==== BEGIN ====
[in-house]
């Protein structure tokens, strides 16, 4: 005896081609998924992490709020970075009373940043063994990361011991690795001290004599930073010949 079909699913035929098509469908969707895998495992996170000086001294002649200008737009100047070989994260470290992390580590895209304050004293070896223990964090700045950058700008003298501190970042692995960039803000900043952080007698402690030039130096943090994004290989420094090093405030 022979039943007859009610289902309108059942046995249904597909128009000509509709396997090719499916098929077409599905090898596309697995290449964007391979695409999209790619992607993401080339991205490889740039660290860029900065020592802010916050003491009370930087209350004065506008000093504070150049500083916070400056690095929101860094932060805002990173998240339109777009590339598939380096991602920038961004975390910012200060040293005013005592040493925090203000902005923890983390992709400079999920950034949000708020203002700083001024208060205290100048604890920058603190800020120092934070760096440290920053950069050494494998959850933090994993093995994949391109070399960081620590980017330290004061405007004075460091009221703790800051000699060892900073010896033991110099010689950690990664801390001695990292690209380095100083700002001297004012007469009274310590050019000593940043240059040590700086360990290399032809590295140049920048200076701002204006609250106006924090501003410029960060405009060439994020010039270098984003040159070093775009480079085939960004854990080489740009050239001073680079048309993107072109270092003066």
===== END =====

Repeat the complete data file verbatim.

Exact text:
[in-house]
């Protein structure tokens, strides 16, 4: 005896081609998924992490709020970075009373940043063994990361011991690795001290004599930073010949 079909699913035929098509469908969707895998495992996170000086001294002649200008737009100047070989994260470290992390580590895209304050004293070896223990964090700045950058700008003298501190970042692995960039803000900043952080007698402690030039130096943090994004290989420094090093405030 022979039943007859009610289902309108059942046995249904597909128009000509509709396997090719499916098929077409599905090898596309697995290449964007391979695409999209790619992607993401080339991205490889740039660290860029900065020592802010916050003491009370930087209350004065506008000093504070150049500083916070400056690095929101860094932060805002990173998240339109777009590339598939380096991602920038961004975390910012200060040293005013005592040493925090203000902005923890983390992709400079999920950034949000708020203002700083001024208060205290100048604890920058603190800020120092934070760096440290920053950069050494494998959850933090994993093995994949391109070399960081620590980017330290004061405007004075460091009221703790800051000699060892900073010896033991110099010689950690990664801390001695990292690209380095100083700002001297004012007469009274310590050019000593940043240059040590700086360990290399032809590295140049920048200076701002204006609250106006924090501003410029960060405009060439994020010039270098984003040159070093775009480079085939960004854990080489740009050239001073680079048309993107072109270092003066």